Iíve been doing a lot of research on cnc routers and trying to determine if itís an investment that would be good for my two man shop. Iíve been using kcd to design and present to clients and for shop drawings. I called kcd this morning and talked to them about what it would cost to upgrade to cnc capability and it was 13k. So thatís definitely out of the question. The way that I would like to do this is to have a program to design parts and save them to a file, since most parts would be the same from job to job then I could just tell it like 5 left base sides, 4 right base sides. Then have the capability to edit one for something irregular. Then where it lays everything out best on the plywood, is that called nesting or optimizing? Or does the software that runs the router do that? Like I said, I donít know how it works, just started researching about 4 days ago. I build face frame cabinets only and just trying to figure out what everything is going to cost to see if a cnc is within reach of my business, so if you know the program costs that would be great. Iíve been looking at cabinet planner, I donít really need a program that designs kitchens, just something to design parts. I still want to use kcd to design. Thanks
For less than 300.00 you can use this plugin for SketchUp to do design, generate a part list, and create part geometry required for creating g-code. You can run this plugin using the free version of SketchUp called Make.
You will still need to purchase the piece of software required to optimize patterns and write g-code.
I've run KCD using their CNC version since it first came out in the early 2000s. At this point I'm able to do most of the important stuff using this plugin with SketchUp that can be done in KCD.
do the math and decide over 5 year spread of the software and the machine can you actually get office help to take a drawing with correct field dimensions and accurately generate a a cut list, cut it, machine it and then get i ready for assembly ?
It sounds like for what you want to do , the software that comes with a Biesse would work for you . Biesse works is a simple program for programming parts, itís on my machine and I only use it for loading programs . But I have seen other people using it to cut impressive programs .
If you are going to get a cnc then you will have to update or replace your software. Today Mozaik is the best overall choice It will do everything that you need to produce cabinets on your cnc. You will also need a separate program to produce stand alone parts. This is an additional way to pay for the cnc. For a small shop like yours there are many lower cost cnc's availible but you have to be careful and do your homework. Some are very good machines, and then some are not. It is very hard to know if its a economical machine, or just a cheap piece of junk. Also realize that the cnc learning curve is very steep. Not only will you be learning how to run the machine, but also how to make the software cut the parts that you want. Some manufacturers have tried to ease that curve by integrating their software into their machines, but the problem with that is you just learn "their" way to do things. I would suggest that you learn about G codes as well. This all is going to take some time that you will not be paid for. It will pay off in the future. Once you are set up and running proper it will really save you a lot of time and more so headaches. This is what every small shop needs to evaluate with considering the CNC jump.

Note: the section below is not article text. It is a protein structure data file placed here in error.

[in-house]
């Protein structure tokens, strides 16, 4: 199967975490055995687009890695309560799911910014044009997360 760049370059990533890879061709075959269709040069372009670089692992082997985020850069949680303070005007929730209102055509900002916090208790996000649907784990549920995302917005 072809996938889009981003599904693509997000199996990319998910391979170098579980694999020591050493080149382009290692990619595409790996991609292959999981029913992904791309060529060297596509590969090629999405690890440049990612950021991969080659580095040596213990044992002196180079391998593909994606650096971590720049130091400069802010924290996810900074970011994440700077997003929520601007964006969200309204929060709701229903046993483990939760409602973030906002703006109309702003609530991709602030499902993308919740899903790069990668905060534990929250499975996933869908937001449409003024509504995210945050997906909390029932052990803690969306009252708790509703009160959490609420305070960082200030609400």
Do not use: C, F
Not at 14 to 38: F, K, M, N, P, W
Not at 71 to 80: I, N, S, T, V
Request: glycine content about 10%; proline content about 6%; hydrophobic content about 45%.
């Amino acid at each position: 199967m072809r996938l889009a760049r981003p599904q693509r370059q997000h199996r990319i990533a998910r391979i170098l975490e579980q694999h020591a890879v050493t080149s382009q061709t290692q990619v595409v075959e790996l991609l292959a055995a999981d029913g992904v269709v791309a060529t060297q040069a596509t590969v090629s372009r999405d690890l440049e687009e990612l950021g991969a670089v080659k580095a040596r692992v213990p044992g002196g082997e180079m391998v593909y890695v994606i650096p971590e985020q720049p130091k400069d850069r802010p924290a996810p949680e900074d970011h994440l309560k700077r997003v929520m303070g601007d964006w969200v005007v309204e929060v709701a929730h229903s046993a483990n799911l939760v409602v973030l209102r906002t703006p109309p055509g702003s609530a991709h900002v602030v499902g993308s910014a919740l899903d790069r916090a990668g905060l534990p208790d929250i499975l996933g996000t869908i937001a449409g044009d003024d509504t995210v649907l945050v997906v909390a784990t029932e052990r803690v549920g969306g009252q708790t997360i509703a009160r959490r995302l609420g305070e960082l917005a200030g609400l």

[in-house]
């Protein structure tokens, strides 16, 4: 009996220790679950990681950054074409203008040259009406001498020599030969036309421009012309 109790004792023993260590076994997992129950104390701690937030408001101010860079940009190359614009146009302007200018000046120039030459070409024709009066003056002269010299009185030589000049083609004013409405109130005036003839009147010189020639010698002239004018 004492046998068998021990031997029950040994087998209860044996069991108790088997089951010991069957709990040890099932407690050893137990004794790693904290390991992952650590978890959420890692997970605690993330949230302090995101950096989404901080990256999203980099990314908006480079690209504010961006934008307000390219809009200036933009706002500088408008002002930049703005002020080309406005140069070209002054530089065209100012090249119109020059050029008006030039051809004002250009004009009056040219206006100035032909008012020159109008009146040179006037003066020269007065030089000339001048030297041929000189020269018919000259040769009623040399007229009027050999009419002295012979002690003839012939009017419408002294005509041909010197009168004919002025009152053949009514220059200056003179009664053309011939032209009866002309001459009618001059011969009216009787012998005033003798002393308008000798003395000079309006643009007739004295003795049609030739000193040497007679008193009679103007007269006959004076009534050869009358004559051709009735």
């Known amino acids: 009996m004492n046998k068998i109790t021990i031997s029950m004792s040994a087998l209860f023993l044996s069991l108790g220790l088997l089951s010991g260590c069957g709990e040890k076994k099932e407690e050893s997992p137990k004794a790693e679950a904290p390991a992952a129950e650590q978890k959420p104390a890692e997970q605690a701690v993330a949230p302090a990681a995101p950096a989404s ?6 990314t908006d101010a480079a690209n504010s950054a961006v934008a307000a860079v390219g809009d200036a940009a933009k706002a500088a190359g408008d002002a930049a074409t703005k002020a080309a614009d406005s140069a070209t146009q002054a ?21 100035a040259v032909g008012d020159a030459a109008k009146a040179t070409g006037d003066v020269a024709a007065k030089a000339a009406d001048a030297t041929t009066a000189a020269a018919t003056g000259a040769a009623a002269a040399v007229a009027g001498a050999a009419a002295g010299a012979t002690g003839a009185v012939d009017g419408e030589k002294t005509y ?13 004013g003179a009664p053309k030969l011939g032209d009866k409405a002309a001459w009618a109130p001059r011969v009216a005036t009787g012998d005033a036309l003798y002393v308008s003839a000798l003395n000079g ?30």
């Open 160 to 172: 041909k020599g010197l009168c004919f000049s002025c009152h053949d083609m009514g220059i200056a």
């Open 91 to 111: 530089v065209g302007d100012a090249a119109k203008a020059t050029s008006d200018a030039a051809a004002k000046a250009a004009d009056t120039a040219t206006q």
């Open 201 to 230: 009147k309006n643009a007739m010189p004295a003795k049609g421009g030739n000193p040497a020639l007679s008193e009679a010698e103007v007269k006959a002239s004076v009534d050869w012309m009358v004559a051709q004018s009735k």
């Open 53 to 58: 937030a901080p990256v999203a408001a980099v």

Thanks for all the responses. I talked to a guy the other day that uses kcd to design just like I do. He said he uses Vcarve to cut cabinet parts, I didnít know it would do that. That comes with the machine that Iím looking at getting. There are a few others that Iím looking at as well that will cut simple parts. As far a learning to write g code, I canít comment on that since I know very little about all this cnc world stuff. It might be the best way.
While a working knowledge isn't a bad idea, it's not a requirement.
I learned to write G Code line by line long before there were fancy programs with post processors existed, and I can tell you that in the last year I've only had to edit the G Code in 1 program and that's only because I wanted to slow the feed down on the last 2 parts on the sheet. I could just as easily cut the sheet slowly, but I was in a hurry.
That being said, if you're going to modify post processors on your own you need to know G Code really really well.
I wasn't suggesting he have anything to do with a "post" processor. I was saying he should learn what he can do writing his own code. He should not even consider a machine that requires a "post" file is turned into functioning g-code. That's way too proprietary and out dated. His own education is by far the cheapest route in his own best interests. One bad software or machine purchase could break his company.
I have written programs for and run a variety of CNC's. I have programmed machines directly using G-code (Although point-to-point rather than nested based) and with CAD/CAM software. Personally I cannot imagine going back to using raw G-code.
Although cabinet parts are relatively simple in terms of programming G-code, using software will almost certainly get you from design to finished parts much quicker. Even if you only use something like V-carve and create a bunch of standard parts that you can pull from to nest for each job. To do this with G-code would be time consuming, single un nested parts are one thing but nesting a bunch of parts would be a pain. Unless you plan to just cut sheets of stock parts.